Reading Iain Banks helped hugely, perhaps even vitally. His vitriol and invective at the political climate of 2003 when Raw Spirit was researched together with his hilarious anecdotes and experiences in distilleries that I had already visited lifted me forcibly out of my gloom. Without his ‘company’, I’m not sure how I would have passed the stickily-slow time in Port Askaig. Had I not been able to draw off some of his enthusiasm and attitude, day 35 might have ended with my seeing if I could swim to Jura, or something equally wrong-headed. Thank you, Mr Banks. As a writer, too, I only hope my work can have such a sustaining effect on someone.

***

 Port Askaig to Craighouse, to Port Askaig, 17 miles

It is a very exciting, and speedy, crossing to Jura. This little boat is captained with real skill, shuttling back and forth over the treacherous tides and currents of the Sound.

It is a very exciting, and speedy, crossing to Jura. This little boat is captained with real skill, shuttling back and forth over the treacherous tides and currents of the Sound.

I should have known by now that no matter how close I may be to a ferry terminal when I wake up, at least an hour must pass between the first anguished yelps which is how I greet the new day in response to the brusque herald that is my alarm and finally exiting my accommodation, Lycra’ed to the max and ready to go. Consequently, as I ate poached eggs at 8.15, I accepted that I would miss the 8.30 sailing to Jura and had to shuffle about for the 9.30 boat. This, at least, gave me the opportunity to get in touch with Bladnoch distillery, as it appeared that there was every likelihood that I would make it to Dumfries and Galloway, after all. 

 As I waited and cars began to queue, William and Sue rolled down from the hotel. I had met them the previous afternoon as I walked the bike back down in to Port Askaig (saving the brakes on the ruthless hill). They had been cycling the other way, and the reversal of accepted bicycle locomotion with regards to negotiating inclines was remarked upon: it should have been them pushing their bikes up, not mine down. William asked, in a wonderfully broad accent straight from the North East of England, if I’d had a mechanical failure. I had replied that I was just nursing my equipment whenever I had the opportunity. Over breakfast we had met again, and had discussed my travel adventures and their own. As it turned out, they had completed almost exactly the same route to get to Port Askaig as I would take from Port Askaig to Glasgow. Reconvening on the pier, they asked if I knew about the Sustrans network. Phyllis in Dufftown had first put me on to them as we tried to work out a possible route from Nairn to Tomatin. Sue now told me that there was a very well-signposted National Cycle Route from the ferry port in Ardrossan to the middle of Glasgow, the 7. This was music to my ears. My Multimap print-outs and 21-year-old OS map (far older than some of the whiskies I had been tasting) were not at all compatible, and I sensed would not keep me off the very busy roads in Scotland’s most densely-populated area. That they had put before me an alternative already allayed some of my monumental fears concerning the stages at the end of the week, and which had grown from molehills into Cuillins of problems and anxieties over the course of my travels.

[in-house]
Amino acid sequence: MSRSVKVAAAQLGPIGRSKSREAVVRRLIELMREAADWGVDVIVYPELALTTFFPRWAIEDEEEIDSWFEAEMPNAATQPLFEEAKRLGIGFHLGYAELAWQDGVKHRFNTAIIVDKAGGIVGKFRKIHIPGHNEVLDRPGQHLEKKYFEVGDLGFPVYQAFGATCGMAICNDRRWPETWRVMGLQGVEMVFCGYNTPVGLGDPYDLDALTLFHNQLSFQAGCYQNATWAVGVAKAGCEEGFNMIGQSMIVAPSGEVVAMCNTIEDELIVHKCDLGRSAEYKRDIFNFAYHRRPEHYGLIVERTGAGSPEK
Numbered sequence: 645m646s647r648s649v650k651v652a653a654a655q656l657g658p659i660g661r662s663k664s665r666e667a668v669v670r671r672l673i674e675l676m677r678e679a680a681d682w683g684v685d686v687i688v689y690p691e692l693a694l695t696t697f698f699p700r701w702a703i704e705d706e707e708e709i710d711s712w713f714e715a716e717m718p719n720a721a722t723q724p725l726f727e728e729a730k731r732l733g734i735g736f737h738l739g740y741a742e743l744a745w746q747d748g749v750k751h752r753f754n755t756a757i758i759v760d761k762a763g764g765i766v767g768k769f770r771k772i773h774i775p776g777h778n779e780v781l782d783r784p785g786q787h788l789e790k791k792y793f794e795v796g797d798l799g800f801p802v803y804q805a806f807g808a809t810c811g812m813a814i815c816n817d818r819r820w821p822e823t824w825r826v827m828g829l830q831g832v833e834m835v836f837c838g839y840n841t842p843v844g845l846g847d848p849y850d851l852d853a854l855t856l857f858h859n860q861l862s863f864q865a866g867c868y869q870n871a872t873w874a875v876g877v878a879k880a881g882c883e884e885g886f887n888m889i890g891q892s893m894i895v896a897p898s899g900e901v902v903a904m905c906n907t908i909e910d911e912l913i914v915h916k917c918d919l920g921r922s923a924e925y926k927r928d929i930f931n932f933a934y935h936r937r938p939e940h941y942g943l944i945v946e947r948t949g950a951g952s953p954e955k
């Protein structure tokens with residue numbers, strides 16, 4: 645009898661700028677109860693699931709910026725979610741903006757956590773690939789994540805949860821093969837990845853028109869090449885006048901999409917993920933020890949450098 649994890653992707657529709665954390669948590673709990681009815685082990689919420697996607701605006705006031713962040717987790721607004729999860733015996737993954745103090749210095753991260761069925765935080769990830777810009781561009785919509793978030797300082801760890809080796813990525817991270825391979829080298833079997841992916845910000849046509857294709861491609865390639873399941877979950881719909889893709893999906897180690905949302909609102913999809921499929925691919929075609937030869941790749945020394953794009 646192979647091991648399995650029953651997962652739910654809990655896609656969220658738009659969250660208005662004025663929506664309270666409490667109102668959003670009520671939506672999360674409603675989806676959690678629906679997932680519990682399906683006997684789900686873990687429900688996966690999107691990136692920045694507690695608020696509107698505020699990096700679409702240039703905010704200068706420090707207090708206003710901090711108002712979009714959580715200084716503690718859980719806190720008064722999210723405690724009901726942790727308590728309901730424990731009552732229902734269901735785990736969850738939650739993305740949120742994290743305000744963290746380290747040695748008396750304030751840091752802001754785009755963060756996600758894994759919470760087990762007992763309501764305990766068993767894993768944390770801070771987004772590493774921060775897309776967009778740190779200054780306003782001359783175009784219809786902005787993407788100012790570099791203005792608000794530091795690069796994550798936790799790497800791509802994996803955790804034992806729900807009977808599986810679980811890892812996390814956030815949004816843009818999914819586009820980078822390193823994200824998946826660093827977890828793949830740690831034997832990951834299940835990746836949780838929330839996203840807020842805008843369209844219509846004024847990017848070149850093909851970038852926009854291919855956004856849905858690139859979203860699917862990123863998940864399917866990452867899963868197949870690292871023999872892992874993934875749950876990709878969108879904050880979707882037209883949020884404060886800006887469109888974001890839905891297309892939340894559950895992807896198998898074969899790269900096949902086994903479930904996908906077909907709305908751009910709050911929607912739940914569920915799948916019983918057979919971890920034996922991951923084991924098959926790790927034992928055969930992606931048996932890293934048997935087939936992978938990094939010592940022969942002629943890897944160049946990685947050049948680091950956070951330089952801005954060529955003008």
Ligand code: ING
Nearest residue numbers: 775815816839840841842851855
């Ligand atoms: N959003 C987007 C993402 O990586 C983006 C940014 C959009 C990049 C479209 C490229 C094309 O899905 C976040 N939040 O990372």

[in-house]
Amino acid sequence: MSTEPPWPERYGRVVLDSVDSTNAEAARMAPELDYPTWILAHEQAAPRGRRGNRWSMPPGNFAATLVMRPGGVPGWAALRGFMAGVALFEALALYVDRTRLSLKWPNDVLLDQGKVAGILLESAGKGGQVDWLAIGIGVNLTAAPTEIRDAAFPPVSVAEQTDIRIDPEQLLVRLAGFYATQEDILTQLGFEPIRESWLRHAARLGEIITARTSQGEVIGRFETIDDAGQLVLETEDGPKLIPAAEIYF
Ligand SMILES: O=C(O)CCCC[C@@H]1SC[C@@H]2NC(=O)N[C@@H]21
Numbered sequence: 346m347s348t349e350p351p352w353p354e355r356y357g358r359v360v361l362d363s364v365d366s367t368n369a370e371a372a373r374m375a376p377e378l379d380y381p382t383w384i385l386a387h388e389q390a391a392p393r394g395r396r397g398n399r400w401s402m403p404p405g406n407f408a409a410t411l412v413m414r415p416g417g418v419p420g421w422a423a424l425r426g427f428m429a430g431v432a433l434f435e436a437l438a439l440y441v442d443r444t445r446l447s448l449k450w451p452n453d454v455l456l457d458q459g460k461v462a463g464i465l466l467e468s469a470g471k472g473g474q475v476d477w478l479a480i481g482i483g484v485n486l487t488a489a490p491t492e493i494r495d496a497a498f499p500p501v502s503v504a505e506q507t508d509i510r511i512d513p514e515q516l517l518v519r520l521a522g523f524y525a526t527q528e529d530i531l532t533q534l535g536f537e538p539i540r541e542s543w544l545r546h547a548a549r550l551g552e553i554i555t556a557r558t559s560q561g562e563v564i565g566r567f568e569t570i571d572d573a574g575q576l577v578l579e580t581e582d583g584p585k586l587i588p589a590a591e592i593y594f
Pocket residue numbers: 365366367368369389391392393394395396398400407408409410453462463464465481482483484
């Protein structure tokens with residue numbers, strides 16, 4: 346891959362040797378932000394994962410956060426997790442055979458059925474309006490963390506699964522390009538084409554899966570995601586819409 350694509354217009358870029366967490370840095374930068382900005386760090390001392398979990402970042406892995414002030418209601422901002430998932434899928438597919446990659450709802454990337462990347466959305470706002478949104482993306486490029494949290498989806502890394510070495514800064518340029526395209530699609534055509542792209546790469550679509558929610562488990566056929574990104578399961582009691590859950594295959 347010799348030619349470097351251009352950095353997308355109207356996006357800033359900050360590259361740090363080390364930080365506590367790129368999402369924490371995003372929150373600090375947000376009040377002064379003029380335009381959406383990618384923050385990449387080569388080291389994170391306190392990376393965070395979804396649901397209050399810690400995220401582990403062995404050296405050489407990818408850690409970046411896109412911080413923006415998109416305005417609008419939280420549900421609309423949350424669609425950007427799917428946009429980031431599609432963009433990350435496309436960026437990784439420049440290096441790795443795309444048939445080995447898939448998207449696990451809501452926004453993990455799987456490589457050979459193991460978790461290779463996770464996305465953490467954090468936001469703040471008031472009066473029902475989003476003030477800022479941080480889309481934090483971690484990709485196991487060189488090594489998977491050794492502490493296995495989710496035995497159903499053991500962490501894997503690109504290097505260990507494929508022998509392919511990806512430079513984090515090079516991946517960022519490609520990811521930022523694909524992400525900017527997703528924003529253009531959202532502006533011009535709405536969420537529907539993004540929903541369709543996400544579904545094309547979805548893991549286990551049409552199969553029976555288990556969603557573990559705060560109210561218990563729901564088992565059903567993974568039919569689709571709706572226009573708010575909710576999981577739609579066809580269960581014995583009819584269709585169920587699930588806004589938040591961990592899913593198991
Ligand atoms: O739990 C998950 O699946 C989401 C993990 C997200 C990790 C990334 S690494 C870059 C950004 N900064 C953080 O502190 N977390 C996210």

We boarded the Jura ferry, and what a charming and informal operation it is. On go the pedestrians and cyclists, who tuck themselves closely into the sides of the vessel, the n the cars board – far more than you would have thought possible. You buy your tickets, blink, and you are swinging into Feolin, Jura. A herd of cows represent a welcome party of sorts, and then you cannot wait to explore the interior of this tiny, sparesly peopled island paradise.

Glimpses to the heart of Jura.

Glimpses to the heart of Jura.

The road follows the coast, essentially, although the mountainous nature of Jura is inescapable. With the Sound of Islay on your right, there are tiny dells and glens with streams and steep-sided gorges to your left, heather and grass and misty mountain tops. It felt the most island-like, somehow, of anywhere I had yet been to. The one single track road I suppose helped with the feeling of separateness and seclusion. I couldn’t help but think of Orwell, and whether it was his influence or not, I found my thoughts rising in an attempt to meet the grandeur and serenity of the landscape about me.